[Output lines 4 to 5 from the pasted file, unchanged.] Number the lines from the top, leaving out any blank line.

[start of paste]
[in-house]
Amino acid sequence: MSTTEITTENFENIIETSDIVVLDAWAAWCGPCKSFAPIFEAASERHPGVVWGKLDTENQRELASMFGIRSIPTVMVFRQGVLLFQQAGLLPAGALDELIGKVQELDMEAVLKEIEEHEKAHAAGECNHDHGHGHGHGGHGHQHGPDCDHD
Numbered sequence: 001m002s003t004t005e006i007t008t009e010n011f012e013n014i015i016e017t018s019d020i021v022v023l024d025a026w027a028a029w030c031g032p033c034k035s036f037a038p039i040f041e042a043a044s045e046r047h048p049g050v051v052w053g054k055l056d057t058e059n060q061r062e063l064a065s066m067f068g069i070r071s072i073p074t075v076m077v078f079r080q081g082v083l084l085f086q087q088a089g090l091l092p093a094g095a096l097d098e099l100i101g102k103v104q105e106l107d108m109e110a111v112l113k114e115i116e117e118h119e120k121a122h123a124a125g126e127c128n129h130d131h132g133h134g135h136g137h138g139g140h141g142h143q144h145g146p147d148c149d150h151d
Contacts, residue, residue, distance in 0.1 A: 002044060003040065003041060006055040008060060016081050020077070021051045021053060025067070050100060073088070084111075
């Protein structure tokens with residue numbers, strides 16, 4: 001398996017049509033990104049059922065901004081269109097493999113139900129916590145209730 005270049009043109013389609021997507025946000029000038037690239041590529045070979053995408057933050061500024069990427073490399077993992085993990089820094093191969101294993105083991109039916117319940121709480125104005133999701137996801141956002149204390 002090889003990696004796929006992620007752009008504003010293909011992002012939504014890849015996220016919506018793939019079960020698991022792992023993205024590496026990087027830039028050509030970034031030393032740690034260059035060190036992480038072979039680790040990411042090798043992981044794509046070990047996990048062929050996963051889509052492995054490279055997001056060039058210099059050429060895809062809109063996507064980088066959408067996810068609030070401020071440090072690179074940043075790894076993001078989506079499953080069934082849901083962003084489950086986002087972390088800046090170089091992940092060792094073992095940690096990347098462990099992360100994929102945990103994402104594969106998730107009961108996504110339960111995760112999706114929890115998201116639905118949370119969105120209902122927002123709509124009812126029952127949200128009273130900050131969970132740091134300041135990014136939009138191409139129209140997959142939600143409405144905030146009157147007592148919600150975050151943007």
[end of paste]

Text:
Contacts, residue, residue, distance in 0.1 A: 002044060003040065003041060006055040008060060016081050020077070021051045021053060025067070050100060073088070084111075
């Protein structure tokens with residue numbers, strides 16, 4: 001398996017049509033990104049059922065901004081269109097493999113139900129916590145209730 005270049009043109013389609021997507025946000029000038037690239041590529045070979053995408057933050061500024069990427073490399077993992085993990089820094093191969101294993105083991109039916117319940121709480125104005133999701137996801141956002149204390 002090889003990696004796929006992620007752009008504003010293909011992002012939504014890849015996220016919506018793939019079960020698991022792992023993205024590496026990087027830039028050509030970034031030393032740690034260059035060190036992480038072979039680790040990411042090798043992981044794509046070990047996990048062929050996963051889509052492995054490279055997001056060039058210099059050429060895809062809109063996507064980088066959408067996810068609030070401020071440090072690179074940043075790894076993001078989506079499953080069934082849901083962003084489950086986002087972390088800046090170089091992940092060792094073992095940690096990347098462990099992360100994929102945990103994402104594969106998730107009961108996504110339960111995760112999706114929890115998201116639905118949370119969105120209902122927002123709509124009812126029952127949200128009273130900050131969970132740091134300041135990014136939009138191409139129209140997959142939600143409405144905030146009157147007592148919600150975050151943007």